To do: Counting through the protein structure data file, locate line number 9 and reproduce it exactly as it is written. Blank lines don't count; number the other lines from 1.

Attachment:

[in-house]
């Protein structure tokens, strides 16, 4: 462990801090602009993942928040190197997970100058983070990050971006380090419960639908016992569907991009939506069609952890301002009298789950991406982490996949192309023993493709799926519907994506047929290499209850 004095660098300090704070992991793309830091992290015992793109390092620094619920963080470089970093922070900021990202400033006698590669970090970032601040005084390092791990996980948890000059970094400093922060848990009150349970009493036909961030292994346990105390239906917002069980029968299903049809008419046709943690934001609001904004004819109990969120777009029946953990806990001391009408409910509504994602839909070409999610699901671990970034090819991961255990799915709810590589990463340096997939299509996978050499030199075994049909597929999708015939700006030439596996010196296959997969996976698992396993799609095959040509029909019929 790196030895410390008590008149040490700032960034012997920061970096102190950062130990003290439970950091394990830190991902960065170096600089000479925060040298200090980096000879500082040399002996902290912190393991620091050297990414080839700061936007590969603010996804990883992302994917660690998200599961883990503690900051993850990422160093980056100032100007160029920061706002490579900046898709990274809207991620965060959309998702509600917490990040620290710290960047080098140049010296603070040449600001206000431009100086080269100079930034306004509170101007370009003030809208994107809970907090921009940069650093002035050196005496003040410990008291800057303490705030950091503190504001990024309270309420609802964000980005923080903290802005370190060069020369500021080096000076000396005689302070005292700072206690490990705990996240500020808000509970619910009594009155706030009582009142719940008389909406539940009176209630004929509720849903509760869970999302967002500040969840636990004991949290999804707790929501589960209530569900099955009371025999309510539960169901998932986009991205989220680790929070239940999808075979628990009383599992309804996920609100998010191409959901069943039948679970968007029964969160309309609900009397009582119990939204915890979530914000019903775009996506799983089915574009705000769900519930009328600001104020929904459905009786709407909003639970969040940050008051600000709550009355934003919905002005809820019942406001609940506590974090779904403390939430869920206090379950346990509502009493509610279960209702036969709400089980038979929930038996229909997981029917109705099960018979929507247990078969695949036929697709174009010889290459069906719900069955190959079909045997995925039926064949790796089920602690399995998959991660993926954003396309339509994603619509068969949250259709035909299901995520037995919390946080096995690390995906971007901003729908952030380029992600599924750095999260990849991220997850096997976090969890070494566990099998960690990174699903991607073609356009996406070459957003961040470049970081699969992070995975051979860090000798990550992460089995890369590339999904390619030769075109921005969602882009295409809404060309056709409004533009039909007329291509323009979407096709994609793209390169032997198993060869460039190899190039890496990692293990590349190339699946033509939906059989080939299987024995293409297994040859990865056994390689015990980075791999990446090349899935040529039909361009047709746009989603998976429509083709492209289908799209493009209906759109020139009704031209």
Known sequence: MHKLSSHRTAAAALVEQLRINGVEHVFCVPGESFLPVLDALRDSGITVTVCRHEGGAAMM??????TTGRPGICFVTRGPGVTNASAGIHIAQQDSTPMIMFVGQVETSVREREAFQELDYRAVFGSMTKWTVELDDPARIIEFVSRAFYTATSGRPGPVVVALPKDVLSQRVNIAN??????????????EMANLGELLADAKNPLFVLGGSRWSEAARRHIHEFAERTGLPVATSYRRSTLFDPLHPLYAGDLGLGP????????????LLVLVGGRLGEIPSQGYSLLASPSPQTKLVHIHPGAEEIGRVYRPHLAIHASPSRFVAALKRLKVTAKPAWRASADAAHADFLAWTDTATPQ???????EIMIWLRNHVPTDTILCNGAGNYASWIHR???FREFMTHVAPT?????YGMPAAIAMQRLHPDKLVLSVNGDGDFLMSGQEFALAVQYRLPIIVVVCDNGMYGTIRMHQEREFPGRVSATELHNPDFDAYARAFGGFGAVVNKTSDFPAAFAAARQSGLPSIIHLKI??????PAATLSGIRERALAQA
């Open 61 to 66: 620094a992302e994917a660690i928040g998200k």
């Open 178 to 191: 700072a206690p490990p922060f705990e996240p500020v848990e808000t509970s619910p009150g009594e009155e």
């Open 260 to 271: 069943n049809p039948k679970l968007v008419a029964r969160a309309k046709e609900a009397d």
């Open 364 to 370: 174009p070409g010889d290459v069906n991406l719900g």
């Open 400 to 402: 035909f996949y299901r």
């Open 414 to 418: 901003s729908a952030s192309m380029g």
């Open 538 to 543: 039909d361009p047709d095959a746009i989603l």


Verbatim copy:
């Open 414 to 418: 901003s729908a952030s192309m380029g």